digitalization

  • 20 November 2020

    Digital Platforms

    By Ghali Egger The need to shift to an economy that is circular and inclusive has become inevitable. At the same time there are a lot of hurdles which are hindering us from it and making this transition one of today’s greatest challenges. Among them for example there is the current linear economic model which does not value natural capital; this information does not flow with products and material down the value chain and that customers lack awareness, capacities and convenience to actively contribute to a Circular Economy.  Digital solutions like online platforms, artificial intelligence (AI), the Internet of things (IoT) and blockchain are already used to support Circular Economy initiatives, but the potential is even greater. If adequately steered, data and digitally enabled solutions could contribute to a system-wide transition and further enhance connectivity and the sharing of information across the value chains; make products, processes and services more circular; and empower citizens and consumers to contribute to the transition.  For this reason, the transition to a Circular Economy and the digitalisation of the economy and society should be aligned in order to benefit the environment, society and economy.  One of the ways digitalisation can enable the Circular Economy transition is in the form of digital platforms that are used for industrial symbiosis. Industrial symbiosis is a powerful approach to accelerate and scale the Circular Economy by closing resource cycles and valuing materials that would otherwise be discarded. In fact, waste is not seen as waste any longer but as a resource at the wrong place. Materials that cannot be used anymore by a company, can constitute a secondary raw material for another company. The digital platform in turn, is enabling and facilitating the process of material exchange and data flow between the companies.  The expression “symbiosis” as per...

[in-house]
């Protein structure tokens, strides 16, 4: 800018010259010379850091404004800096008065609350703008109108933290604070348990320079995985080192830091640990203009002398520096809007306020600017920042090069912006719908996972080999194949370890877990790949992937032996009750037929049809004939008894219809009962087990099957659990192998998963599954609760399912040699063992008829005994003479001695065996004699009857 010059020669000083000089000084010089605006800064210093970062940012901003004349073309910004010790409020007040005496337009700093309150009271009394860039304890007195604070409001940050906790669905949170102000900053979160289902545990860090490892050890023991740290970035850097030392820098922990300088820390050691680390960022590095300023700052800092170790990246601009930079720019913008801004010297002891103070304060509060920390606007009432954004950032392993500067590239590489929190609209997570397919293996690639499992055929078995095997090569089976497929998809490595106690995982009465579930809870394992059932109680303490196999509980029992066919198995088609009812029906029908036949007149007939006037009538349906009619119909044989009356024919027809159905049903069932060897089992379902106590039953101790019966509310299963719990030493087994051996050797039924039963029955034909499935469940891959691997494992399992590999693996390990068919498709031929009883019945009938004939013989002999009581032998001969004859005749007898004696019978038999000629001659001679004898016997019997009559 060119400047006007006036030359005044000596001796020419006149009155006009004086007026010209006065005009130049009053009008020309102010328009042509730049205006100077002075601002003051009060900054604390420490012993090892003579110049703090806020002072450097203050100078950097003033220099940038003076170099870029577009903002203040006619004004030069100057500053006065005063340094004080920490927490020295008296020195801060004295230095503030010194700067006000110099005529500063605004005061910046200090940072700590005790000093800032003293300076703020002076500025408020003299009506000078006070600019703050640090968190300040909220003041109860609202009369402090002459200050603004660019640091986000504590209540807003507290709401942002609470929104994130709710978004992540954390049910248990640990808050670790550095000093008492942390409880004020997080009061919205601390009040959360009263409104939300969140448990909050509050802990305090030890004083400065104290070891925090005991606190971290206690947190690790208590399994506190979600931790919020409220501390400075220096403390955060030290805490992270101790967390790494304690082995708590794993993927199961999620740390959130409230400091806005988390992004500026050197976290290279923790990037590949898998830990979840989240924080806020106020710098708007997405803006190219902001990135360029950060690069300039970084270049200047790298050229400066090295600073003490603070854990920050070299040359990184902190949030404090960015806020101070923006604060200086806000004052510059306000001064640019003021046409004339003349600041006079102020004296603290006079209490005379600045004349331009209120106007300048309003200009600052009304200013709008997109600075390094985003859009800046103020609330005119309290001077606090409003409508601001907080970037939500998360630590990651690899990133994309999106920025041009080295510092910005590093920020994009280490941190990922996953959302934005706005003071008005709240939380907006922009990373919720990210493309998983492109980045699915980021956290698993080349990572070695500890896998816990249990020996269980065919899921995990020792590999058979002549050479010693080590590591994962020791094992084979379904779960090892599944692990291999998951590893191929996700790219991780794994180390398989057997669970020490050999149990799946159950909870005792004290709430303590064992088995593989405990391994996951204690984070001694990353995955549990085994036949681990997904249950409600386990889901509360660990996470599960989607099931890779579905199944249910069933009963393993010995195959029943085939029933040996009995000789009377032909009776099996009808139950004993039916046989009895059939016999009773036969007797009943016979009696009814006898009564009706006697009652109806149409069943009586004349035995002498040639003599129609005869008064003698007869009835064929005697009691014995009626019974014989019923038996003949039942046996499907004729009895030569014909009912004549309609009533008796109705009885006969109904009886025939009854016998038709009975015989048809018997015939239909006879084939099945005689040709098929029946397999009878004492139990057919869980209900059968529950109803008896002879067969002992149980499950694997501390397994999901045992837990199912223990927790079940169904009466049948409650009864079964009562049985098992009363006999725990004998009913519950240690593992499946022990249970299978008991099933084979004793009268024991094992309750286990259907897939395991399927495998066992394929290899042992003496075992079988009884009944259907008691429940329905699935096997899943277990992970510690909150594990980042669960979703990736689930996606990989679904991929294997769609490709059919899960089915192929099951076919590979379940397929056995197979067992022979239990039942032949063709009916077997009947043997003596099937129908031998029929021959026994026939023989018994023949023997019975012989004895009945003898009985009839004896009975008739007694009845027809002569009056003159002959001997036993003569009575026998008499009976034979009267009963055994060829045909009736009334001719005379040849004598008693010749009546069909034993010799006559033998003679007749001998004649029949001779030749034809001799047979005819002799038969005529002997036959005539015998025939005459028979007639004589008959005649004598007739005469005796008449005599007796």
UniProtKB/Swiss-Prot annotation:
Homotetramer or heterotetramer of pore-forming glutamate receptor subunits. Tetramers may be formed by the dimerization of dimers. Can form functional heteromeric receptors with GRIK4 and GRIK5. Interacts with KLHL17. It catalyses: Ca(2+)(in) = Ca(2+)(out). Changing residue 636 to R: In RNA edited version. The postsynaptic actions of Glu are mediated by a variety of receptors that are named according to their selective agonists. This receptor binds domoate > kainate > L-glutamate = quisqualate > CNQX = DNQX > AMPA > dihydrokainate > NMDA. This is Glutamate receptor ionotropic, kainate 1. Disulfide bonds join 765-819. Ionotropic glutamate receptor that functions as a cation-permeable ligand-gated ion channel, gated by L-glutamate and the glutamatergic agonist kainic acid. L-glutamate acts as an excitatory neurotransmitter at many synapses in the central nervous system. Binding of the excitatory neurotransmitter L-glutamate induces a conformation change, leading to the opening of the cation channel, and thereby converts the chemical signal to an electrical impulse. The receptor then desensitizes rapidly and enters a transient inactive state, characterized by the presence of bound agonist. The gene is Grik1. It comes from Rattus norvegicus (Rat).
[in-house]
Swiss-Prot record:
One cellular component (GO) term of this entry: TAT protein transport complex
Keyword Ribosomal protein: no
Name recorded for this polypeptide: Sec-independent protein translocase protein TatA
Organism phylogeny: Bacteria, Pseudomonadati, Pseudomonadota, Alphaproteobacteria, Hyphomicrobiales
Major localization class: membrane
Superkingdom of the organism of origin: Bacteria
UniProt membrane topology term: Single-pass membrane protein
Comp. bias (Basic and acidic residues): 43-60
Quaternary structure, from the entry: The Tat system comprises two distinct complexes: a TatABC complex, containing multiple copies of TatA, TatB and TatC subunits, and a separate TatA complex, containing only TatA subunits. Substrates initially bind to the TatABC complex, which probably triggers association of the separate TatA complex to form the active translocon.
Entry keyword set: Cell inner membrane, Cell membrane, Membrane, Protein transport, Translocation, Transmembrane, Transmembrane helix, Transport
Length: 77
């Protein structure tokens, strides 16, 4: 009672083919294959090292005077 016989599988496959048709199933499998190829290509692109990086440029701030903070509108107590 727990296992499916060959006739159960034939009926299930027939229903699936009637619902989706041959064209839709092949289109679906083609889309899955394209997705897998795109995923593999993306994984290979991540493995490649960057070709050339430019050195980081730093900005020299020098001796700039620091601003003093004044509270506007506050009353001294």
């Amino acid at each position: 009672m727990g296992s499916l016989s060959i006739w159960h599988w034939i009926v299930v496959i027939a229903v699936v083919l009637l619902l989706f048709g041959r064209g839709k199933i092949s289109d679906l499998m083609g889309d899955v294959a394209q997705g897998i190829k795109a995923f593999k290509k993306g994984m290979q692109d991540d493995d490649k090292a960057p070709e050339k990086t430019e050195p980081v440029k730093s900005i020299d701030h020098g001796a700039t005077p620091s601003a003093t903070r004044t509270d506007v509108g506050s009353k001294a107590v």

• By Giovanni Tula Giovanni Tula started his speech by introducing the focus of his presentation: circular projects linked to the energy world. The goal is to understand the status of renewable energies and their dissemination at the global level, by considering the 4 macro areas: storage, efficiency, the automation, and digitalization. The starting point is the comparison of the estimates regarding the dissemination of the renewable energies developed by the World Energy Agency in 2008 and 2017. As you can see from the image above, the estimates have more than doubled, the reason is that in 2017, with circa 13 years to spare, the estimate of the 2030 has already been reached, now the expectancy is to reach 4.718 GW installed in 2030. Actually, the estimates recently made could be underestimated because the renewable energies are becoming highly competitive thank to a strong reduction of the cost of production. For example, in the solar energy field, there has been an 83% reduction in the costs of the photovoltaic panels starting from 2010 till today. In the previous image it is highlighted the evolution of renewable energy sources compared to the fossil fuel, where it is estimated that the renewable could reach 64% of the overall energy resources. The storage Among the enabling elements of this revolution there is the “storage theme”. The batteries are essential to this evolution per 3 functions: Stabilization of the electricity grid Reduction of the imbalances on the generation side Offer of the energy in time of need on the consumer side The evolution of the lithium batteries in the last years has been important such that it has gone from some MW of power and storage of some minutes to a power of hundreds MW that can last for hours. The one that is impossible...
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